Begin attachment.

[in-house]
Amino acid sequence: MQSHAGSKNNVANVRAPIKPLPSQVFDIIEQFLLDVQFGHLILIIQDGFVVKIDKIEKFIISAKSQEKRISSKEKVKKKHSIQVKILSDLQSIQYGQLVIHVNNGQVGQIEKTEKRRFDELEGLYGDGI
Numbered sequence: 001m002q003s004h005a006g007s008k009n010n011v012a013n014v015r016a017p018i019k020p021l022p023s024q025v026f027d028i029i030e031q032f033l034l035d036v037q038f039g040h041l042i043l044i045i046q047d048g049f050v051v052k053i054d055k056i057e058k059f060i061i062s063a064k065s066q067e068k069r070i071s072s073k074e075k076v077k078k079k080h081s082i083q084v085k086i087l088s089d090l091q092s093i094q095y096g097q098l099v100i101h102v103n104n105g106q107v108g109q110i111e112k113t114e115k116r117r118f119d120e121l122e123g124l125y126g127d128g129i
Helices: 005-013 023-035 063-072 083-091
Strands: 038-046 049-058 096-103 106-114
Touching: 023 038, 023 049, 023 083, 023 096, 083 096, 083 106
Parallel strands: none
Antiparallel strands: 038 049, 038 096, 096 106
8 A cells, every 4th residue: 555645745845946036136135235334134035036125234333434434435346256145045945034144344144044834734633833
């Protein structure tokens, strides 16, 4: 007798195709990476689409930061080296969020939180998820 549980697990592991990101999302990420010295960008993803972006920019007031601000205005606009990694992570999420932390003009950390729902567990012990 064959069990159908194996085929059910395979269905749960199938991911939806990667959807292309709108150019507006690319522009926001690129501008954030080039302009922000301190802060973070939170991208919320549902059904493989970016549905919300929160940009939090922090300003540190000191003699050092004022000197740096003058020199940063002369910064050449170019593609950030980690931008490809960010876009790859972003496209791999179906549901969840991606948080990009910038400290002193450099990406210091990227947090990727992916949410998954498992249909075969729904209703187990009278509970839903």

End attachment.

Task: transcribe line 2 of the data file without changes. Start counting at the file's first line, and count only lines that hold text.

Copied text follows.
Amino acid sequence: MQSHAGSKNNVANVRAPIKPLPSQVFDIIEQFLLDVQFGHLILIIQDGFVVKIDKIEKFIISAKSQEKRISSKEKVKKKHSIQVKILSDLQSIQYGQLVIHVNNGQVGQIEKTEKRRFDELEGLYGDGI